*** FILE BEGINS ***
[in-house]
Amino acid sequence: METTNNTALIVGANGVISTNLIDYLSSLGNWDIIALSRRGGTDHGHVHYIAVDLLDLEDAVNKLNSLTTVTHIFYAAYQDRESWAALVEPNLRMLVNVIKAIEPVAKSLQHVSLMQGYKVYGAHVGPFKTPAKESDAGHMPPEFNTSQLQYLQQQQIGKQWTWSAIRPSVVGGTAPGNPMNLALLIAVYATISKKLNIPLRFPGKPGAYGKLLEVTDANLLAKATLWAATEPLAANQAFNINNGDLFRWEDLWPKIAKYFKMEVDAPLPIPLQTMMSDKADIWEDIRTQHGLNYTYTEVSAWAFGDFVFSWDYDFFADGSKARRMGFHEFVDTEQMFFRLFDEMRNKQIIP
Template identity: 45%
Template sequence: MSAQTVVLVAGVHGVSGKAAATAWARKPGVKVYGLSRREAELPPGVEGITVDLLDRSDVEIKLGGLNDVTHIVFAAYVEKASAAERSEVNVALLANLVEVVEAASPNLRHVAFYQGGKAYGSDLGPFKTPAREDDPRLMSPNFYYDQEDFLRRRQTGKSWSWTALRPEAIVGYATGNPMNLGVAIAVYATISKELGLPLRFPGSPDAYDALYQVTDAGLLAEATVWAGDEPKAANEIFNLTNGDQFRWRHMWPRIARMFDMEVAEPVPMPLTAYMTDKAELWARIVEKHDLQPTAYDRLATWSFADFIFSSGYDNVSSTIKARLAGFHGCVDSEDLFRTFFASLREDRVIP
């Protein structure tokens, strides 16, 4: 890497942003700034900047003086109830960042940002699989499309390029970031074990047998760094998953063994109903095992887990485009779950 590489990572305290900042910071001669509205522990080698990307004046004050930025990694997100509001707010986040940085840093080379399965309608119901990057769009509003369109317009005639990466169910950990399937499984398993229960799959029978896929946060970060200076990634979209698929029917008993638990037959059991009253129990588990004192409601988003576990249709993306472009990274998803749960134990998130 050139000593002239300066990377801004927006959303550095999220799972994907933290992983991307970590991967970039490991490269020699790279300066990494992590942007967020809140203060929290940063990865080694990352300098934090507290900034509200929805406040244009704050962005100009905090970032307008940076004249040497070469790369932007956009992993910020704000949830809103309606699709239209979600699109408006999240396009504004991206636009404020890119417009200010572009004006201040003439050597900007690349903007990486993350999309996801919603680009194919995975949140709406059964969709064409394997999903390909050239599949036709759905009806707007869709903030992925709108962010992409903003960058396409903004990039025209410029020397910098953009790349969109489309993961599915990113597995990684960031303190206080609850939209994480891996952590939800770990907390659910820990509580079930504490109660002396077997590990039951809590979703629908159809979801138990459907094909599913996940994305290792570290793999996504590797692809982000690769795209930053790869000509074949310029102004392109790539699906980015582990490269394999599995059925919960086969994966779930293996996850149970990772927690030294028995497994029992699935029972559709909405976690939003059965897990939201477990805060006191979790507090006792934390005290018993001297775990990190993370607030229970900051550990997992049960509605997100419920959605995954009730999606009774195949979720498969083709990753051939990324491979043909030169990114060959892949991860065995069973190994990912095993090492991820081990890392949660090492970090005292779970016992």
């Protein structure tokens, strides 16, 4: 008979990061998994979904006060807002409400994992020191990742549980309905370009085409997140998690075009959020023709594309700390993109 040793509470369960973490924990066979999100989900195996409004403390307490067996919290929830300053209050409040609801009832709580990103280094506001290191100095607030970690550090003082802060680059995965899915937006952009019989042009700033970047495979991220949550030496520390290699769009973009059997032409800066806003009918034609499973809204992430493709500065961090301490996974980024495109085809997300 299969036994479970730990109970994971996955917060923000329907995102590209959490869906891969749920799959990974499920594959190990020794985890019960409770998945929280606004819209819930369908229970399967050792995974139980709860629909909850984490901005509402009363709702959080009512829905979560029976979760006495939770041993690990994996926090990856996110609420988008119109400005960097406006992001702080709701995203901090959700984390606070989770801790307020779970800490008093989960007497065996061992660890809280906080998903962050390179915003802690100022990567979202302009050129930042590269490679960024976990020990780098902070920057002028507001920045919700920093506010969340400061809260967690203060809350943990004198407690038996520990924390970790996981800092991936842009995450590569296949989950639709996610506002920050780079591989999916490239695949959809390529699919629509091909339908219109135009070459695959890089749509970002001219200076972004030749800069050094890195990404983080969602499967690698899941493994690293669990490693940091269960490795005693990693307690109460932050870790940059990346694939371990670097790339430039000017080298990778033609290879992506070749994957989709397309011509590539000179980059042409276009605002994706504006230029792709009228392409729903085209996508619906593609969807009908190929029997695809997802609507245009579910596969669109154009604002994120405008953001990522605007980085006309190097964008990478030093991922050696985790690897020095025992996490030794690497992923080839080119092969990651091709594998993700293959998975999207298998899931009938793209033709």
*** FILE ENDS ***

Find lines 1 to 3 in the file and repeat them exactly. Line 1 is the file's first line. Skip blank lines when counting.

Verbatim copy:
[in-house]
Amino acid sequence: METTNNTALIVGANGVISTNLIDYLSSLGNWDIIALSRRGGTDHGHVHYIAVDLLDLEDAVNKLNSLTTVTHIFYAAYQDRESWAALVEPNLRMLVNVIKAIEPVAKSLQHVSLMQGYKVYGAHVGPFKTPAKESDAGHMPPEFNTSQLQYLQQQQIGKQWTWSAIRPSVVGGTAPGNPMNLALLIAVYATISKKLNIPLRFPGKPGAYGKLLEVTDANLLAKATLWAATEPLAANQAFNINNGDLFRWEDLWPKIAKYFKMEVDAPLPIPLQTMMSDKADIWEDIRTQHGLNYTYTEVSAWAFGDFVFSWDYDFFADGSKARRMGFHEFVDTEQMFFRLFDEMRNKQIIP
Template identity: 45%